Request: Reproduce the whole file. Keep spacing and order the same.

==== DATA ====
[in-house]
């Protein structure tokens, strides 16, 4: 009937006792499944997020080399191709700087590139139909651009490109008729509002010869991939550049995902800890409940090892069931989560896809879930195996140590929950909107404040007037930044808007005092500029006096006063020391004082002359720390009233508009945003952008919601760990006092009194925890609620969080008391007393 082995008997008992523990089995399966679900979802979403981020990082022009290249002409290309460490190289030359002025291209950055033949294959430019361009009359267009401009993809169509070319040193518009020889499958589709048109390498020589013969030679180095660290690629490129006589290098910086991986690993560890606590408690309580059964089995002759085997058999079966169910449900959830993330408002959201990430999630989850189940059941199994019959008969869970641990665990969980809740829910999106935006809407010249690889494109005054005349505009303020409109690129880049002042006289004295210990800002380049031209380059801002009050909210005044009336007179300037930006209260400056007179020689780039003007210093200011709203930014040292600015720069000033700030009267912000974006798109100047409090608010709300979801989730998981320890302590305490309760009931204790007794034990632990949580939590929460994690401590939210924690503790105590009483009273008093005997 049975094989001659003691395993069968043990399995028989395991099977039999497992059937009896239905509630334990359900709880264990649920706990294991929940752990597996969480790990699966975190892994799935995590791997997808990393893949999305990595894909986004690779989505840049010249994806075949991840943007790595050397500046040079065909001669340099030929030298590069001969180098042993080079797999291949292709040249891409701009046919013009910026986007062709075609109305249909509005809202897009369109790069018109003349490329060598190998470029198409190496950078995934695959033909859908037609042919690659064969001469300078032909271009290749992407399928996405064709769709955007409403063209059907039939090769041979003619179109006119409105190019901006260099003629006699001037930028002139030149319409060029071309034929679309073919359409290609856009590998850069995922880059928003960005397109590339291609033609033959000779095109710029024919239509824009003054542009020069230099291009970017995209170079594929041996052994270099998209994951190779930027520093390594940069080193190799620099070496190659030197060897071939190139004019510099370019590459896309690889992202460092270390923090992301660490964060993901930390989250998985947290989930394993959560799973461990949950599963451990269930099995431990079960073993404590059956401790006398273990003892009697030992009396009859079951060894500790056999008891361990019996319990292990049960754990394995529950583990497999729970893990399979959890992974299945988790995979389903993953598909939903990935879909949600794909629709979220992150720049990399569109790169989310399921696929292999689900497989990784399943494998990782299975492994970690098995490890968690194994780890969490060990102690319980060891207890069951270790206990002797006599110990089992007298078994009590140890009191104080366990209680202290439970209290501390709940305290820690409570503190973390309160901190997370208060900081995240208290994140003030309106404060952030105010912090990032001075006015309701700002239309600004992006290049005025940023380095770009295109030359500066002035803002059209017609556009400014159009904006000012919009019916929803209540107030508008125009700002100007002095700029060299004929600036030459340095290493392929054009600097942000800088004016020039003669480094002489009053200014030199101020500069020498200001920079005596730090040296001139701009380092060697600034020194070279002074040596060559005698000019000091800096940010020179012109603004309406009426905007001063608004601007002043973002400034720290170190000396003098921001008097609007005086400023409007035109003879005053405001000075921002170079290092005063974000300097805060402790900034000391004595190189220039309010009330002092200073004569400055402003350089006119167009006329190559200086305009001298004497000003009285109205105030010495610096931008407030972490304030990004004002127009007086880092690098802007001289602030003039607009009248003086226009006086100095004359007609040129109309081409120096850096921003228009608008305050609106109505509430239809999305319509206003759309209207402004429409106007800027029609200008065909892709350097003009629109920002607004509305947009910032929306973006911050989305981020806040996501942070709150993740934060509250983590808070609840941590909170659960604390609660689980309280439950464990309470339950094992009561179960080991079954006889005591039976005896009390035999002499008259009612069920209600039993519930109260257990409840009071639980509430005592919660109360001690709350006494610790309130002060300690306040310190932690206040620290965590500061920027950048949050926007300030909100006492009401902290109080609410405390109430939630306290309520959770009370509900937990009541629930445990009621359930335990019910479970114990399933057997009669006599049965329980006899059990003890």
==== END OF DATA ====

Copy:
[in-house]
């Protein structure tokens, strides 16, 4: 009937006792499944997020080399191709700087590139139909651009490109008729509002010869991939550049995902800890409940090892069931989560896809879930195996140590929950909107404040007037930044808007005092500029006096006063020391004082002359720390009233508009945003952008919601760990006092009194925890609620969080008391007393 082995008997008992523990089995399966679900979802979403981020990082022009290249002409290309460490190289030359002025291209950055033949294959430019361009009359267009401009993809169509070319040193518009020889499958589709048109390498020589013969030679180095660290690629490129006589290098910086991986690993560890606590408690309580059964089995002759085997058999079966169910449900959830993330408002959201990430999630989850189940059941199994019959008969869970641990665990969980809740829910999106935006809407010249690889494109005054005349505009303020409109690129880049002042006289004295210990800002380049031209380059801002009050909210005044009336007179300037930006209260400056007179020689780039003007210093200011709203930014040292600015720069000033700030009267912000974006798109100047409090608010709300979801989730998981320890302590305490309760009931204790007794034990632990949580939590929460994690401590939210924690503790105590009483009273008093005997 049975094989001659003691395993069968043990399995028989395991099977039999497992059937009896239905509630334990359900709880264990649920706990294991929940752990597996969480790990699966975190892994799935995590791997997808990393893949999305990595894909986004690779989505840049010249994806075949991840943007790595050397500046040079065909001669340099030929030298590069001969180098042993080079797999291949292709040249891409701009046919013009910026986007062709075609109305249909509005809202897009369109790069018109003349490329060598190998470029198409190496950078995934695959033909859908037609042919690659064969001469300078032909271009290749992407399928996405064709769709955007409403063209059907039939090769041979003619179109006119409105190019901006260099003629006699001037930028002139030149319409060029071309034929679309073919359409290609856009590998850069995922880059928003960005397109590339291609033609033959000779095109710029024919239509824009003054542009020069230099291009970017995209170079594929041996052994270099998209994951190779930027520093390594940069080193190799620099070496190659030197060897071939190139004019510099370019590459896309690889992202460092270390923090992301660490964060993901930390989250998985947290989930394993959560799973461990949950599963451990269930099995431990079960073993404590059956401790006398273990003892009697030992009396009859079951060894500790056999008891361990019996319990292990049960754990394995529950583990497999729970893990399979959890992974299945988790995979389903993953598909939903990935879909949600794909629709979220992150720049990399569109790169989310399921696929292999689900497989990784399943494998990782299975492994970690098995490890968690194994780890969490060990102690319980060891207890069951270790206990002797006599110990089992007298078994009590140890009191104080366990209680202290439970209290501390709940305290820690409570503190973390309160901190997370208060900081995240208290994140003030309106404060952030105010912090990032001075006015309701700002239309600004992006290049005025940023380095770009295109030359500066002035803002059209017609556009400014159009904006000012919009019916929803209540107030508008125009700002100007002095700029060299004929600036030459340095290493392929054009600097942000800088004016020039003669480094002489009053200014030199101020500069020498200001920079005596730090040296001139701009380092060697600034020194070279002074040596060559005698000019000091800096940010020179012109603004309406009426905007001063608004601007002043973002400034720290170190000396003098921001008097609007005086400023409007035109003879005053405001000075921002170079290092005063974000300097805060402790900034000391004595190189220039309010009330002092200073004569400055402003350089006119167009006329190559200086305009001298004497000003009285109205105030010495610096931008407030972490304030990004004002127009007086880092690098802007001289602030003039607009009248003086226009006086100095004359007609040129109309081409120096850096921003228009608008305050609106109505509430239809999305319509206003759309209207402004429409106007800027029609200008065909892709350097003009629109920002607004509305947009910032929306973006911050989305981020806040996501942070709150993740934060509250983590808070609840941590909170659960604390609660689980309280439950464990309470339950094992009561179960080991079954006889005591039976005896009390035999002499008259009612069920209600039993519930109260257990409840009071639980509430005592919660109360001690709350006494610790309130002060300690306040310190932690206040620290965590500061920027950048949050926007300030909100006492009401902290109080609410405390109430939630306290309520959770009370509900937990009541629930445990009621359930335990019910479970114990399933057997009669006599049965329980006899059990003890």